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Belmont dining services face critical staff shortage — and there’s no end in sight

Updated: Apr 25, 2022

Behind the scenes of breakfast, lunch and dinner at Belmont, university dining services are desperate for staff.

Despite advertisements across Nashville, hiring incentives and pleas to the student population for job applicants, Belmont is still short-staffed at all the eateries on campus.

“Ever since COVID has happened, the workforce has dramatically changed. People are afraid to come to work around crowds,” said Susan Matheson, general manager of Sodexo at Belmont. “I have some really great paying jobs … It’s hard to get people to apply to those jobs, which it never used to be.”

Matheson oversees nine dining operations at Belmont, and they are hurting for staff across the board — especially with the recent grand openings of Einstein Bros. Bagels and Chick-fil-A retail locations on campus.

Belmont dining services does not start any employee below $15 an hour, and many of the positions they are hiring for come with flexible hours and benefits, Matheson said.

“We have a sign-on bonus for a cook for $1,500. We’ve had two applicants,” she said. The university is even offering a $500 sign on bonus for student applicants. Those job postings are going unanswered.

Spread so thin, many employees on Belmont’s current dining staff are picking up extra workdays or double shifts, with some logging up to 100 hours per 14-day pay cycle or going weeks without a day off, said Matheson.

Chasitie Walker, who works in Belmont’s main cafeteria at Harrington Place Dining, said that most people who work there come in six or seven days a week.

“We’re just all over,” said Walker. “We’ve come together as a team to help each other out.”

But without enough staff to serve food at mealtimes, the cafeteria has seen some layout changes, with a few stations relying on student self-service, which raised a few concerns about COVID-19 transmission.

“They’re kind of going back to the buffet style, where everyone’s touching the spoons to get their food, so I’m not really a big fan of that,” said sophomore Bishop Ryan.

Matheson said COVID-19 cases have not contributed to the worker shortage in the dining facilities, but the operations may not survive the hit of a staff-wide outbreak. If that happens, Belmont dining services may be forced to pull available staff members from other departments or even draw from Belmont’s Residence Life community and have RAs serve food, as they did during the ice storm that sacked campus in February.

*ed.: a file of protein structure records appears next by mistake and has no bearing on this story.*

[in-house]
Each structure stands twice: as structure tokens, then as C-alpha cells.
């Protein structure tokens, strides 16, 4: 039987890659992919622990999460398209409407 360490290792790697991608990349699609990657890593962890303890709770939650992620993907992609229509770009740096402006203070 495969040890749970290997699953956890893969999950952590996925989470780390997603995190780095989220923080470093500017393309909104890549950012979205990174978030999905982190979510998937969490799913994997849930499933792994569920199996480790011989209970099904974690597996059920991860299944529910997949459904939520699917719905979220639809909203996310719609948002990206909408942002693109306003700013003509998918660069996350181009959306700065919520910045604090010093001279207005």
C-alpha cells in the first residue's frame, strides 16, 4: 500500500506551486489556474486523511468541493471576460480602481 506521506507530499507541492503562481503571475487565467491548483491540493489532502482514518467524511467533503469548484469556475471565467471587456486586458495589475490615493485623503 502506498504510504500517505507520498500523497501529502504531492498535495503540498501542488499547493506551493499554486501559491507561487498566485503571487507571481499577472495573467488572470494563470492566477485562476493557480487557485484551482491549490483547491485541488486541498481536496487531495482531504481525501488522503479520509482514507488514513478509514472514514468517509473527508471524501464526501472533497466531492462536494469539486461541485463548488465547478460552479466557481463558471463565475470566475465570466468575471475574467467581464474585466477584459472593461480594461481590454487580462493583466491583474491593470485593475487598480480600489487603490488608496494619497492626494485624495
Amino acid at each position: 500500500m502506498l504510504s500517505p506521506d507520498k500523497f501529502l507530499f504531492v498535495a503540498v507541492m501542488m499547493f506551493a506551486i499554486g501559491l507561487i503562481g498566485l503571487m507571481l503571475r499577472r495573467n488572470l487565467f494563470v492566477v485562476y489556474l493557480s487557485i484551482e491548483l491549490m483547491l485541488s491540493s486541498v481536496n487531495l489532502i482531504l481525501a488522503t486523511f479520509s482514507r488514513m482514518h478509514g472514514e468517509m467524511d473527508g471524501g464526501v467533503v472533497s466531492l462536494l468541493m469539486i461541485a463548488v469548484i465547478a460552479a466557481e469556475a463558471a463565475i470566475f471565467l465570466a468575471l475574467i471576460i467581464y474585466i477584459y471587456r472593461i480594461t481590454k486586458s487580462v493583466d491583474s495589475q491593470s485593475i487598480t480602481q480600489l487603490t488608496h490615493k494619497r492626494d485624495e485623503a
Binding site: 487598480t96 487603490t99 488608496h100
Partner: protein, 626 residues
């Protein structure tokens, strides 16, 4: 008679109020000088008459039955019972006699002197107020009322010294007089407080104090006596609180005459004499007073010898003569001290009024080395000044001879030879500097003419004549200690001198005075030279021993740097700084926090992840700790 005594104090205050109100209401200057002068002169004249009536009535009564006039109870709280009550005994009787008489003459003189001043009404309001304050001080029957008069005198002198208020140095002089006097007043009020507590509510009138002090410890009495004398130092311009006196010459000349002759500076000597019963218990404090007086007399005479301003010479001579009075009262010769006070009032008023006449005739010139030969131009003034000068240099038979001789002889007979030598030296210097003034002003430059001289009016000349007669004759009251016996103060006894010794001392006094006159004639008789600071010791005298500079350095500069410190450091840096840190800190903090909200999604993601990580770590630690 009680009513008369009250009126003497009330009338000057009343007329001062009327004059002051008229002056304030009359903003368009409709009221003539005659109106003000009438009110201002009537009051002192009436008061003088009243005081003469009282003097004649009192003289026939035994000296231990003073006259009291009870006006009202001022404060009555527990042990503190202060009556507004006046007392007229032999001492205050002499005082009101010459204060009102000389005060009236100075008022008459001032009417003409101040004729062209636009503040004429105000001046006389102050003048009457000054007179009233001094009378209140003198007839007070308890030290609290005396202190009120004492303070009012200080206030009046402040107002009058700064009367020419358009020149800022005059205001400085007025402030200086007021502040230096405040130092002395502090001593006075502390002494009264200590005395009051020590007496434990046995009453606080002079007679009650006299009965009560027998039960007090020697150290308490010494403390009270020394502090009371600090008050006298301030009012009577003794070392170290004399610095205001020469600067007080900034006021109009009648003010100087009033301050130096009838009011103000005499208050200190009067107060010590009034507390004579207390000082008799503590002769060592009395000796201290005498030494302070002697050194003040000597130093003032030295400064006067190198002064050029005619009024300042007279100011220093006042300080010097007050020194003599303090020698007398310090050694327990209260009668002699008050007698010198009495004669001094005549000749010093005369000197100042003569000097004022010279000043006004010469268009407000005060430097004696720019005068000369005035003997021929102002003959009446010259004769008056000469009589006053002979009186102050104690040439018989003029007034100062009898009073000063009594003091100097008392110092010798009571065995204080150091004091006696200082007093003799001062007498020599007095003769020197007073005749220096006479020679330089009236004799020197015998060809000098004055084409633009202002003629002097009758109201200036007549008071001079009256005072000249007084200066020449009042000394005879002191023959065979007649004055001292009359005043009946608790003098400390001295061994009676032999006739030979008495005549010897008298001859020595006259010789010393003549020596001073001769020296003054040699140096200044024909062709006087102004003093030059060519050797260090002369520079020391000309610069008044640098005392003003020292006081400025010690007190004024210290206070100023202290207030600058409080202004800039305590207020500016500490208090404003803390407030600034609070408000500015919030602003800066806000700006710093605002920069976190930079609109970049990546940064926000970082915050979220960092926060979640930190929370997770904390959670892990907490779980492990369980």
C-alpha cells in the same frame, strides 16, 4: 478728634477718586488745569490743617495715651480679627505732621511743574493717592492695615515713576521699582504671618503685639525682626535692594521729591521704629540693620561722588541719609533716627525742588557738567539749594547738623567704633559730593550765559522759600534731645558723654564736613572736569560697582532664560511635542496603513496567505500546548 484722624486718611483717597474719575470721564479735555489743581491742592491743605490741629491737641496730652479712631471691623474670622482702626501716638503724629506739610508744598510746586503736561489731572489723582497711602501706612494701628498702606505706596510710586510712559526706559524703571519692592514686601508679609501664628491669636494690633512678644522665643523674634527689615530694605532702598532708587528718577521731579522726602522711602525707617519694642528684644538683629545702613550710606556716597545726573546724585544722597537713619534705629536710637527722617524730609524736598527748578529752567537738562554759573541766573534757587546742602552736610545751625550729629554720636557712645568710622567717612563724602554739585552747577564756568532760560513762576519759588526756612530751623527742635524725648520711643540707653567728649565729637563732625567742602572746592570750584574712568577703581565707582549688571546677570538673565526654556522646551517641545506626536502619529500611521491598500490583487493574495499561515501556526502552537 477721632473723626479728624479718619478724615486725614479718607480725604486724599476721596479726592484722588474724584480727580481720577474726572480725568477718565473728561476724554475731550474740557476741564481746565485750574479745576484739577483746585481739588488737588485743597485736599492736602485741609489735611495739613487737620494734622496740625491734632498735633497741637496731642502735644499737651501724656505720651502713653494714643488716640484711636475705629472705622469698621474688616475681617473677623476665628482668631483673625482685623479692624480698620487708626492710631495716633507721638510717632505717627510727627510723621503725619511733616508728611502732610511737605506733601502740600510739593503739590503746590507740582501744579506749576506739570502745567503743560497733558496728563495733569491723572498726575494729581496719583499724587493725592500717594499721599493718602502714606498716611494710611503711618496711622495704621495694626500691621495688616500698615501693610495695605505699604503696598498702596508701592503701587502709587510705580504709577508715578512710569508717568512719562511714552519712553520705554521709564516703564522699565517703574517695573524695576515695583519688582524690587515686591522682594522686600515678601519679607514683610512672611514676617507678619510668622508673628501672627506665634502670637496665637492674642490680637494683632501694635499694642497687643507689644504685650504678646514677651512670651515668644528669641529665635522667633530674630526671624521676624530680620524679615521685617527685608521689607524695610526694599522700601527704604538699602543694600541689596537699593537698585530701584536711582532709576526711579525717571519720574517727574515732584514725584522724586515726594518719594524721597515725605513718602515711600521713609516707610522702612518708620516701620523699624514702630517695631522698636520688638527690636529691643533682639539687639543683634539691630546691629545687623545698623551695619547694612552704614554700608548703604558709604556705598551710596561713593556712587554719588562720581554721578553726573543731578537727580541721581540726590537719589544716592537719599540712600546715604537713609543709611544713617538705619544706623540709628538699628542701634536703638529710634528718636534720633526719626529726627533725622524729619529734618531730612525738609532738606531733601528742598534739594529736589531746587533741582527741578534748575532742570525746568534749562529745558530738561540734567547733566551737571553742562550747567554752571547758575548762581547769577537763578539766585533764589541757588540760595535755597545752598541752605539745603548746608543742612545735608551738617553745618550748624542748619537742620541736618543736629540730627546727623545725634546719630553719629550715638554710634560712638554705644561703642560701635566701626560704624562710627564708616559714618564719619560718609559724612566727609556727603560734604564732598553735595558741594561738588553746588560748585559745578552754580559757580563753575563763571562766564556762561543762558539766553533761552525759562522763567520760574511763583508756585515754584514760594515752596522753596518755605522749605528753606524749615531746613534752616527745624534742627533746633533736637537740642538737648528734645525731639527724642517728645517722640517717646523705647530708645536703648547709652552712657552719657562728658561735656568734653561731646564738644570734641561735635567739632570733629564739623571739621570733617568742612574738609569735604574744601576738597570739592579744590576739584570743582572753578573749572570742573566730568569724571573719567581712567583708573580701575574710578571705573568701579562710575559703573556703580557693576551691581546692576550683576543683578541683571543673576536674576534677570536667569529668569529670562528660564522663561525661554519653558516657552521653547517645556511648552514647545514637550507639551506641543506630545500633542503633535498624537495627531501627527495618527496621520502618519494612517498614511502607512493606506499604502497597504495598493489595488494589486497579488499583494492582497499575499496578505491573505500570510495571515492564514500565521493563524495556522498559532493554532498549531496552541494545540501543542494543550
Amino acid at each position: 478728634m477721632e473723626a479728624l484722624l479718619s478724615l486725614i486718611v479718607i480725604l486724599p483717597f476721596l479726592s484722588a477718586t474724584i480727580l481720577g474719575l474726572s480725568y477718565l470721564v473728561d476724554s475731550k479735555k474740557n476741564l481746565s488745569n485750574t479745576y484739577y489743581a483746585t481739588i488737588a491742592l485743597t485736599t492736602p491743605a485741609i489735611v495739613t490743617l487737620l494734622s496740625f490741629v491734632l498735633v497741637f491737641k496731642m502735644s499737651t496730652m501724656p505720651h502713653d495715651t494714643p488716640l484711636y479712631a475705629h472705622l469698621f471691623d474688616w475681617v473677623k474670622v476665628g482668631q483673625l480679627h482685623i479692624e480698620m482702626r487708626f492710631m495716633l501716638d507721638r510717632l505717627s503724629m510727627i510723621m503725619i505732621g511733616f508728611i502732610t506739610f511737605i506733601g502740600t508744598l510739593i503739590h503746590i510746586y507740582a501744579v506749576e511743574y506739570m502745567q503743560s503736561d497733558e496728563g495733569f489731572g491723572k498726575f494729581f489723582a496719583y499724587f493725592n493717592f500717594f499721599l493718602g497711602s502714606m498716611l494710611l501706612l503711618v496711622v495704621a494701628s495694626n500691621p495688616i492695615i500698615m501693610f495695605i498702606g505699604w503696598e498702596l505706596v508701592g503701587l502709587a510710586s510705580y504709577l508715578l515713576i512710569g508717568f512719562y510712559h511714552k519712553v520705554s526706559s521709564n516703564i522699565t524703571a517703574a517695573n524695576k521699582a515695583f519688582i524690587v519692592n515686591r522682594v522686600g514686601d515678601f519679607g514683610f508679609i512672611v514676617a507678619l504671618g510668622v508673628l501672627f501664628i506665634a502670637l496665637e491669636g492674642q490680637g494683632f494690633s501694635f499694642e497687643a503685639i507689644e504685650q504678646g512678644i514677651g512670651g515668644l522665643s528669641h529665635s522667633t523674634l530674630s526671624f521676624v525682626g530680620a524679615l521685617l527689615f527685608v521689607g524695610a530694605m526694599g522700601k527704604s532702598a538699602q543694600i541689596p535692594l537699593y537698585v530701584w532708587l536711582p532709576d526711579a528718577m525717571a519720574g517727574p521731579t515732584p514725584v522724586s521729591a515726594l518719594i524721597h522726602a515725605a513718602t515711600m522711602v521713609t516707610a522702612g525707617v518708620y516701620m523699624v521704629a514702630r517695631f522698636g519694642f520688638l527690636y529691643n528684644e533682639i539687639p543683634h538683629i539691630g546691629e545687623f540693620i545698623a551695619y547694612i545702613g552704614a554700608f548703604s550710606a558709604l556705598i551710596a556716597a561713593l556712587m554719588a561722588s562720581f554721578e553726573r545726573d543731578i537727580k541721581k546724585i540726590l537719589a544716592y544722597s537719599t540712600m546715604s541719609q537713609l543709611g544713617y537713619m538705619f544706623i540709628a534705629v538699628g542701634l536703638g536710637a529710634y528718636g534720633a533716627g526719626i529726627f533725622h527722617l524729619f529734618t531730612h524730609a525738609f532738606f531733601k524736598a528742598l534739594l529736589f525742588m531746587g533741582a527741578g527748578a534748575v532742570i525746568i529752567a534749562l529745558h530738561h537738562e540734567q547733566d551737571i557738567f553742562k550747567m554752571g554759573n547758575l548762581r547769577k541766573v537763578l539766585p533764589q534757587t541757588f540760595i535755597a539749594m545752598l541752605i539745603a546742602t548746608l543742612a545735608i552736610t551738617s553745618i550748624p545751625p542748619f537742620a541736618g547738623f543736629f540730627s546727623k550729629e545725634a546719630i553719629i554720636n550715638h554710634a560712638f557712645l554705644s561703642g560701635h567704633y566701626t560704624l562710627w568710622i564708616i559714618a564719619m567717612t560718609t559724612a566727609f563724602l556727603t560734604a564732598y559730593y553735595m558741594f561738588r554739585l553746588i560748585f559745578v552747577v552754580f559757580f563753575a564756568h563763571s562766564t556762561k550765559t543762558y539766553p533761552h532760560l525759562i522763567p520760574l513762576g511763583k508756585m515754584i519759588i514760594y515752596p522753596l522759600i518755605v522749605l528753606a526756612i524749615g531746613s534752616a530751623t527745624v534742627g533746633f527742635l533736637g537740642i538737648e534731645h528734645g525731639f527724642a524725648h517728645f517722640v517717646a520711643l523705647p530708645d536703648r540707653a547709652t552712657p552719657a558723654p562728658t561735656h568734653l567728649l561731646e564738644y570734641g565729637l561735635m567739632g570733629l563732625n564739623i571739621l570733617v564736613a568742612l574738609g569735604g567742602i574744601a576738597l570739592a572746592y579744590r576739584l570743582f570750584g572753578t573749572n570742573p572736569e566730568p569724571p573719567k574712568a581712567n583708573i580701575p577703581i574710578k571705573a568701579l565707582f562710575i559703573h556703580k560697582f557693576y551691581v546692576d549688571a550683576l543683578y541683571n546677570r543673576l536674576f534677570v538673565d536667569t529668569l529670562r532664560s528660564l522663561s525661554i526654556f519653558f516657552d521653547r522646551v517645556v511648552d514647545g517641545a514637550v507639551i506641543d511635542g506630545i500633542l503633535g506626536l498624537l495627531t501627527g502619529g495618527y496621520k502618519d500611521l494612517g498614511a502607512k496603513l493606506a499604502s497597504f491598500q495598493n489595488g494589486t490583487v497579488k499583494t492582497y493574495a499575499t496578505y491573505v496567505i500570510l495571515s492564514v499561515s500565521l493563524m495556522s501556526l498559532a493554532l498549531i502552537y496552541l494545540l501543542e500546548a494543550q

Health and safety of staff and students remain the highest priorities, Matheson said.

Belmont’s dining services have not seen the same widespread closures as neighbors Vanderbilt and Lipscomb, who are suffering from similar staffing needs, but the employee shortage in the Bruins’ own backyard is starting to take its toll.

And its first victim is McAllister’s.

The deli on Belmont Boulevard stands closed until further notice since so many of its workers are next door helping keep the Chick-fil-A afloat after the new eatery opened Sept. 13.

Chick-fil-A’s corporate staffing requirements are strict, said Matheson. Pulling manpower from McAllister’s will help keep the doors open, but even then, there is not enough staff to keep typical operating hours.

“We can’t even open for breakfast into late-night because we don’t have enough workforce. Chick-fil-A won’t allow it, so we can only be open 11 to 8,” said Matheson.

It’s not just Belmont that’s affected by the staffing crisis, not just Nashville, and not just the United States — it’s a global problem.

Further up the supply chain, the companies that manufacture and deliver the products used by Belmont dining services are also understaffed. While there’s enough food on campus to feed everyone, a few favorites are missing from the cafeteria.

“We’ve run out of juice a lot here in the dining room. Pepsi can’t fill our orders because they don’t have the product,” said Matheson.

And there’s no telling when these problems will go away.

Walker said she’s seen students’ frustrations, and she wants people to know that the dining staffers are doing the best they can.

“It’s tough, but we like our jobs. We like to cook and everything and help y’all to stay happy and eat well,” said Walker

“We just try to maintain a clean environment and smiles on our faces with the mask on too.”

PHOTO: Supervisor Steve Lutchman serving up meals at Harrington Place Dining. Belmont Vision / Maddie Buchman

This article was written by Anna Jackson. Contributory reporting by Melody Scott, Maddie Buchman and Sarah Maninger.

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